This does not exclude the possibility that he was wronged by Stubblefield, but it makes it less clear what the nature of the wrong might be. It seems reasonable to assume that the experience was pleasurable to him; for even if he is cognitively impaired, he was capable of struggling to resist, and, for reasons we will note shortly, it is implausible to suppose that Stubblefield forcibly subdued him. On the assumption that he is profoundly cognitively impaired, therefore, it seems that if Stubblefield wronged or harmed him, it must have been in a way that he is incapable of understanding and that affected his experience only pleasurably.”
Now, just on the question of if John Doe was forcibly subdued, set aside for the moment that of course assault is not actually the sort of thing where all perpetrators lurk in dark alleys, twirling their mustaches as they lay in wait, ready to do obvious physical violence, and one need not have been forcibly subdued in order to be a victim of assault — as a matter of fact, the evidence does suggest that John Doe tried to get away from Stubblefield, at least on the first occasion they had sexual contact. As the New York Times wrote on this case back in 2015,
“They met the following Sunday at [John Doe]’s house, while his mother was at church. They tried to kiss while lying down on [John Doe]’s bed, on the theory that it would be easier, given his impairments. But [John Doe] kept sitting up, and then he lowered himself onto the floor. Anna offered him the keyboard and asked if anything was wrong. Nothing’s wrong, he typed, he was very happy, but also overwhelmed — he needed a minute. Anna said O.K., and [John Doe] scooted out into the hall.”
Stubblefield performed oral sex on John Doe a few minutes later.
Second, philosophically, this argument is quite astounding. One’s being incapable of giving or withholding informed consent to sexual relations makes unclear what the nature of the wrong of sexual assault could be? Seriously? Why ever should we think that one must have the cognitive capacity to conceptualize precisely how one has been harmed in order to have been so harmed? Are small children not even possibly victims of sexual assault? Can animals not be unjustly exploited? Are persons with severe brain damage incapable of being victims of theft?
Why think experiencing pleasure precludes genuine harm? And even if one wanted to subscribe to a principle so readily met with counter-examples, why ignore that, again, according to Stubblefield’s own description of events, on many occasions John Doe expressed discomfort?
On the question of predation, McMahan and Singer write:
Judge Teare described Stubblefield as “the perfect example of a predator preying on her prey” and gave her a sentence that would be fitting for a predatory rapist. Yet no one would or could ever have known that Stubblefield and [John Doe] had had sexual relations if she had not conveyed to his mother and brother what she believed to be his message to them, via facilitated communication that she conducted in their presence, that he and she were in love and had consummated their relationship. This is the action not of a sexual predator but of an honest and honorable woman in love. Even if she is mistaken in her beliefs about his intelligence and ability to communicate, it is undeniable that these beliefs are sincere and that she was neither reckless nor negligent in forming them. This ought to have been a mitigating, if not wholly exculpating, consideration in the sentencing.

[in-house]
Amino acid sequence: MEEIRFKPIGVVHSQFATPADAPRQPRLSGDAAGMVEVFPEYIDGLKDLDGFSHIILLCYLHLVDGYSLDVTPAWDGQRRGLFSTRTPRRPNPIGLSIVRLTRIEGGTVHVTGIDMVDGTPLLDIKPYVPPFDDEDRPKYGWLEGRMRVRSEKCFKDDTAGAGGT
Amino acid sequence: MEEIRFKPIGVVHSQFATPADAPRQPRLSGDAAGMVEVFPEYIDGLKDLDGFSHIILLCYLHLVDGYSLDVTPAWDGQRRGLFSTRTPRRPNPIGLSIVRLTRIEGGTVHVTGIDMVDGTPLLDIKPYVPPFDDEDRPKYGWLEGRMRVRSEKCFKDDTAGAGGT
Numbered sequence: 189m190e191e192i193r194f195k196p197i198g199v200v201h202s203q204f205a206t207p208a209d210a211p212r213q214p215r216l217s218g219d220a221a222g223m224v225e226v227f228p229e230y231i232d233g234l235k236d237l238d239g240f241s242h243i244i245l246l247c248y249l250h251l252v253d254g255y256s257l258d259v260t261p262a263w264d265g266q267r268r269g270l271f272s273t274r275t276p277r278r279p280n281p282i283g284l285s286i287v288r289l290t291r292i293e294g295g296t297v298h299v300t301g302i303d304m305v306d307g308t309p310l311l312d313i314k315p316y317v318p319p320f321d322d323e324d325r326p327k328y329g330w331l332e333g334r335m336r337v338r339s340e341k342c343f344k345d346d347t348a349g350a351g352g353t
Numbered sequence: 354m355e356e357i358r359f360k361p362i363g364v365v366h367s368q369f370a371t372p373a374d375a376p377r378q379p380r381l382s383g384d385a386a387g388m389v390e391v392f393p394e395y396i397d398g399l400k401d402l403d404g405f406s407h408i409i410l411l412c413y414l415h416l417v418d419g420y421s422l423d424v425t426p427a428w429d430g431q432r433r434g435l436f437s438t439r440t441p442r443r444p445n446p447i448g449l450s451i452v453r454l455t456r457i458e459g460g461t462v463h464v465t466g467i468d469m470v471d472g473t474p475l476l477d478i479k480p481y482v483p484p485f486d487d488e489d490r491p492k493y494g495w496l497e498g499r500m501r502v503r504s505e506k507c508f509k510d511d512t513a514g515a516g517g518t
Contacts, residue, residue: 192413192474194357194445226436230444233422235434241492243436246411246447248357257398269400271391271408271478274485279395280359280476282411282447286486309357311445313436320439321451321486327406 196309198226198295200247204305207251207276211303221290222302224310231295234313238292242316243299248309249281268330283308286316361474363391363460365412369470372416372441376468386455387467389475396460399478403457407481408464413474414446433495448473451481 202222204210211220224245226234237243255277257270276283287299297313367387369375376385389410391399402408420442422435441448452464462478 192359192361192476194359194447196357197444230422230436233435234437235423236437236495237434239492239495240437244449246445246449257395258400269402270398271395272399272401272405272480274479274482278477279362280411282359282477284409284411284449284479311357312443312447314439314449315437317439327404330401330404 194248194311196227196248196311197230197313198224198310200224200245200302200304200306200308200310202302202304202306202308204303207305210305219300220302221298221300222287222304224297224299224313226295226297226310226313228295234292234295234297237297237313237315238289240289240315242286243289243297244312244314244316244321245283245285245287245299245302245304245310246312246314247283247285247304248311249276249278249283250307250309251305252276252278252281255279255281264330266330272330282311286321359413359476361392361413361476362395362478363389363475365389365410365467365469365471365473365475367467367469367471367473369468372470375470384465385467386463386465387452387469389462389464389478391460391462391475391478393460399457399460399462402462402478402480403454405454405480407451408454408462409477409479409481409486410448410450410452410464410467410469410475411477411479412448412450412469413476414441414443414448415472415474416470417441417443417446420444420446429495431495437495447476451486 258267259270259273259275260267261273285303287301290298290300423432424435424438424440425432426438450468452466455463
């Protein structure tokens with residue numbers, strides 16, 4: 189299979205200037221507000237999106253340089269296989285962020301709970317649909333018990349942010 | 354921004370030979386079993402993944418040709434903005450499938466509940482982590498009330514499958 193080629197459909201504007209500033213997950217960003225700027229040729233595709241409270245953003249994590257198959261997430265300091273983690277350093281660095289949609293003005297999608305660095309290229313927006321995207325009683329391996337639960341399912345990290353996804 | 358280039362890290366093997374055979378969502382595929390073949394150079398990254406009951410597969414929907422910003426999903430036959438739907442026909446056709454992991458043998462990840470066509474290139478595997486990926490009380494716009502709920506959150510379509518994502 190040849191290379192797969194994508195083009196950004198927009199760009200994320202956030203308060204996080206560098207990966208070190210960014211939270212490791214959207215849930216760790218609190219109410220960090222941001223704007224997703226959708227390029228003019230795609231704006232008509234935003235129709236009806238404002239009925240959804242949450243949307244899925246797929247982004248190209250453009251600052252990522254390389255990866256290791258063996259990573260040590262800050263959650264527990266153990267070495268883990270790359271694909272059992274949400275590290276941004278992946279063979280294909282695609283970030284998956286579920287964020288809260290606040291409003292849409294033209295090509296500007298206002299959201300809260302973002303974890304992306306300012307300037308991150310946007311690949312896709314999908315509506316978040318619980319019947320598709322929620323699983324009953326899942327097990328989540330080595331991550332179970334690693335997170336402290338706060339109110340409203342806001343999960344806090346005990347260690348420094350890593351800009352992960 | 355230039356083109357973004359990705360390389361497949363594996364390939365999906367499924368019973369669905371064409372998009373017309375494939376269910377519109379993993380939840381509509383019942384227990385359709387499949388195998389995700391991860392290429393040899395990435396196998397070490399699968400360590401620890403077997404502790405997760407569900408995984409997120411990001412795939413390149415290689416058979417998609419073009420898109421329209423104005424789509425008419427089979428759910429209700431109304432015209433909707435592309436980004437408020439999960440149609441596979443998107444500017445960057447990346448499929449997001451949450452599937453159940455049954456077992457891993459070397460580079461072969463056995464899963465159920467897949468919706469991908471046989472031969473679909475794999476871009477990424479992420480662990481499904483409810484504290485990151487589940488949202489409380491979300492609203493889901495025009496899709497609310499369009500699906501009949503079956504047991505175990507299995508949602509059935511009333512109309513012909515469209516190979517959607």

Stubblefield was aware of the controversial nature of facilitated communication. She may have believed that the experts which determined it to be pseudoscience were mistaken — I suspect she genuinely did — but she also knew that others who had diligently attempted to learn the methods of F.C. had failed to communicate with John Doe. She knew that she was in a particular position of power over him, and that she had an interest in virtue of her own feelings, in his communicating particular things.
But more importantly, McMahan and Singer confuse self-conceptualizing as having good intentions with failing to engage in predatory behavior. They confuse a willingness to articulate one’s position with being honorable. If these characteristics were genuinely interchangeable, multitudes of paradigm instances of exploitation through grooming, and even through violence, would be mitigated or exculpated. How many victims of childhoood sexual abuse have been told that their assailant loved them? How many cult-leaders have thought they were doing what was best for the souls of their followers? How many perpetrators of domestic violence believed they were doing what was best to keep their families as they should be?
Intending to do good is not in any way inconsistent with doing enormous harm.
[Update: An earlier version of this post used the victim’s initials rather than the pseudonym John Doe. I’ve removed his initials in an attempt to do a better job of respecting his privacy.]
Even though some animals have different behaviors and different neurological structures from that of humans, we, more likely than not, are the same in a way that matters. The evidence of ant sociality, communication, teaching, and memory, taken together with Barron’s and Klein’s (2016) finding that the insect brain supports a capacity for subjective experience, provides us with compelling reasons to believe that even “mere” ants are conscious and thus deserving of our moral consideration. The behavior of ants is highly complex and arguably intelligent, and it indicates that there is something that happens in ant life other than mechanical stimulus-responses similar to reflexes.
The whole post is here.
Here are six take-aways from day one according to the New York Times.
Of interest, TIME recently did a report on Gorsuch’s dissertation (his adviser was philosopher of law John Finnis).
And an allegation has surfaced that while teaching a class at University of Colorado, Gorsuch implied that women exploit companies for maternity benefits.